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GBP/USD – Limited Losses As British Current Account Deficit Jumps

GBP/USD has edged lower on Friday, as the pair trades in the mid-1.63 range. In economic news, the British Current Account deficit ballooned to a five-month high. Final GDP posted a strong gain of 0.8% in Q3, but the Public Sector Net Borrowing deficit jumped to an eight-month high. It’s a quiet end to the week in the US, with just two releases on the schedule – Final GDP and Final GDP Price Index.

The week ended on a sour note for British releases, as the Current Account deficit jumped in November to -20.7 billion pounds, up from -13.0 billion a month earlier. This was much higher than the estimate of -13.8 billion. Current Account is closely linked to currency demand, as a larger deficit means a lower demand for British pounds by foreigners for domestic transactions. The pound has sustained modest losses following the release.

Thursday’s US releases were dismal. Unemployment Claims jumped to 378 thousand claims last week, up from 368 thousand the week before. This was well above the estimate of 336 thousand. The previous weak release was attributed to the holiday season, but two consecutive bad releases may raise concerns about the health of the employment market. There was more bad news to follow. Existing Home Sales posted its third consecutive decline, dropping to 4.90 million compared to 5.12 million in the previous release. The Philly Fed Manufacturing Index rose from 6.5 to 7.0 points, but this was way off the estimate of 10.3 points.

After months of standing on the sidelines, Federal Reserve Chairman Bernard Bernanke finally played his hand on Wednesday. At its policy meeting, the Fed announced that it was tapering its QE program by $10 billion a month, commencing in January. This will reduce the Fed’s asset purchases to $75 billion every month, comprised of $40 billion in Treasuries and $35 billion in mortgage bonds. The announcement came as somewhat of a surprise, as most analysts had expected the Fed to hold off on any QE reductions until early next year.

In its dramatic taper announcement, the Federal Reserve was careful to separate tapering from rate hike expectations. Fed chairman Bernard Bernanke stated that interest rates are likely to remain low even after the unemployment rate drops below 6.5%. Previously, the Fed had stated that it would start to consider rate increases when unemployment fell below this level. Bottom line? With the unemployment rate at 7.0%, it could be a while before we see higher interest rates in the US.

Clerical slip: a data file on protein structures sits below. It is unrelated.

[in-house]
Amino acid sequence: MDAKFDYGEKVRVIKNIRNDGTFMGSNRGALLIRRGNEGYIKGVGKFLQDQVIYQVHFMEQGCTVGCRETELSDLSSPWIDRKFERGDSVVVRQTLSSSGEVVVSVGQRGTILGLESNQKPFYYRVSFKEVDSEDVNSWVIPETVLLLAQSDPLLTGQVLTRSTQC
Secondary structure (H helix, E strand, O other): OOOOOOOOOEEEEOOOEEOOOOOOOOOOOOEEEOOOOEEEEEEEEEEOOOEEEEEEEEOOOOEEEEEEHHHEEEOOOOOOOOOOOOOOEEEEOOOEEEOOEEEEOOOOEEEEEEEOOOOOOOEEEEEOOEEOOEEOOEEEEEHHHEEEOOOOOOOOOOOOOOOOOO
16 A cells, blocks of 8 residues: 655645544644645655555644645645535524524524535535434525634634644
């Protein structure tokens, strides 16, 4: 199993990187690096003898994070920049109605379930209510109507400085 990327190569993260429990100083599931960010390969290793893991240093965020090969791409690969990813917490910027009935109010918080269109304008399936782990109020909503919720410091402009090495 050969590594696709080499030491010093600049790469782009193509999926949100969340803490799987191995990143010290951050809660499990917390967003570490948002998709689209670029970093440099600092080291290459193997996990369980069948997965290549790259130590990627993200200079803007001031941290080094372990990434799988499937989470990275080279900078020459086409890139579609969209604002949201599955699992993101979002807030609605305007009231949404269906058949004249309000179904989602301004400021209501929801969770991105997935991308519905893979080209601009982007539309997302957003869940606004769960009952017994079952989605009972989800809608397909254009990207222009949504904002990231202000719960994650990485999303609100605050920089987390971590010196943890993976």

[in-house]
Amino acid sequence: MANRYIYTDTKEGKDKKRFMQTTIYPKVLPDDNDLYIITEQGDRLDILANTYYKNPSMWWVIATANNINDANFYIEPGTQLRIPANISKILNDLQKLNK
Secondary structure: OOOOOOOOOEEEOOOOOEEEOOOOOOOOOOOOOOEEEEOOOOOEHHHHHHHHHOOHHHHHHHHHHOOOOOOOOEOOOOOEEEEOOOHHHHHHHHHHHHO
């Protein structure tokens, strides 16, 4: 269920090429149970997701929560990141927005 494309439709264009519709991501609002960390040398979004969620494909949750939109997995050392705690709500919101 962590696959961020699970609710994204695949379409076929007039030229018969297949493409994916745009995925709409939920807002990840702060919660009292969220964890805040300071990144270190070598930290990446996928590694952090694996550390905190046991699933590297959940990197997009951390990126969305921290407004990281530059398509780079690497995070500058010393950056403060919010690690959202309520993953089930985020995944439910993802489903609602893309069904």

Earlier in the week, British Retail Sales posted a gain of 0.3%, up sharply from the -0.7% reading last month. UK employment numbers continued to impress in November. Employment Change continues to post sharp drops, a pattern which we’ve seen since mid-2013. The key indicator came in at -36.7 thousand, beating the estimate of -35.2 thousand. The unemployment rate dropped unexpectedly to 7.4%, its lowest level since May 2009. The markets had expected the rate to remain unchanged at 7.6%. Meanwhile, the breakdown of the BOE’s vote on QE and the Official Bank Rate were both unanimous (9-0) decisions. At the last policy meeting, the Bank maintained QE at 375 billion pounds and the Official Bank Rate at 0.50%.


GBP/USD for Friday, December 20, 2013

Forex Rate Graph 21/1/13

GBP/USD December 20 at 10:25 GMT

GBP/USD 1.6339 H: 1.6372 L: 1.6319


GBP/USD Technical

S3 S2 S1 R1 R2 R3
1.6125 1.6231 1.6300 1.6476 1.6600 1.6705



Further levels in both directions:


OANDA’s Open Positions Ratio

GBP/USD ratio continues to point to gains in short positions on Friday. This is reflected in the pair’s current movement, as the pound has edged lower against the dollar. Short positions continue to dominate the ratio, reflecting a trader bias towards the US dollar continuing to post gains against the pound.

The pound remains under pressure after a disappointing Current Account release on Friday. With no major US releases on the schedule, movement during the day could be limited in scope.


GBP/USD Fundamentals


*Key releases are highlighted in bold

*All release times are GMT


This article is for general information purposes only. It is not investment advice or a solution to buy or sell securities. Opinions are the authors; not necessarily that of OANDA Corporation or any of its affiliates, subsidiaries, officers or directors. Leveraged trading is high risk and not suitable for all. You could lose all of your deposited funds.

Kenny Fisher

Kenny Fisher [4]

Market Analyst at OANDA [5]
A highly experienced financial market analyst with a focus on fundamental analysis, Kenneth Fisher’s daily commentary covers a broad range of markets including forex, equities and commodities. His work has been published in several major online financial publications including Investing.com, Seeking Alpha and FXStreet. Based in Israel, Kenny has been a MarketPulse contributor since 2012.
Kenny Fisher

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